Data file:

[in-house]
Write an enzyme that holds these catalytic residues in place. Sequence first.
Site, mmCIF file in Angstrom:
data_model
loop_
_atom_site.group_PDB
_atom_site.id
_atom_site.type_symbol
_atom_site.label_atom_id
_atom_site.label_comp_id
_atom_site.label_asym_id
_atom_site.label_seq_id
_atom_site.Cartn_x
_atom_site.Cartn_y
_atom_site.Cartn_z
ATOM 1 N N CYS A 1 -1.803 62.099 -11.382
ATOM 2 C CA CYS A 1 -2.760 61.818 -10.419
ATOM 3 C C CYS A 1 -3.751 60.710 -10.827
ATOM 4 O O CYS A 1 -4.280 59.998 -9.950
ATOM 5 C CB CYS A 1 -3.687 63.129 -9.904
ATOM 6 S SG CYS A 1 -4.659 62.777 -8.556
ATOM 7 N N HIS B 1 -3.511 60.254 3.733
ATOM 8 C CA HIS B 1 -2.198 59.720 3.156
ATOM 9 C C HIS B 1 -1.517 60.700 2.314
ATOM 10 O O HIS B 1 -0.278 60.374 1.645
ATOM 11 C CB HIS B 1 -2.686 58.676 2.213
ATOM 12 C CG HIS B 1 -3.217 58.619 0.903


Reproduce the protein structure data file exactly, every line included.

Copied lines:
[in-house]
Write an enzyme that holds these catalytic residues in place. Sequence first.
Site, mmCIF file in Angstrom:
data_model
loop_
_atom_site.group_PDB
_atom_site.id
_atom_site.type_symbol
_atom_site.label_atom_id
_atom_site.label_comp_id
_atom_site.label_asym_id
_atom_site.label_seq_id
_atom_site.Cartn_x
_atom_site.Cartn_y
_atom_site.Cartn_z
ATOM 1 N N CYS A 1 -1.803 62.099 -11.382
ATOM 2 C CA CYS A 1 -2.760 61.818 -10.419
ATOM 3 C C CYS A 1 -3.751 60.710 -10.827
ATOM 4 O O CYS A 1 -4.280 59.998 -9.950
ATOM 5 C CB CYS A 1 -3.687 63.129 -9.904
ATOM 6 S SG CYS A 1 -4.659 62.777 -8.556
ATOM 7 N N HIS B 1 -3.511 60.254 3.733
ATOM 8 C CA HIS B 1 -2.198 59.720 3.156
ATOM 9 C C HIS B 1 -1.517 60.700 2.314
ATOM 10 O O HIS B 1 -0.278 60.374 1.645
ATOM 11 C CB HIS B 1 -2.686 58.676 2.213
ATOM 12 C CG HIS B 1 -3.217 58.619 0.903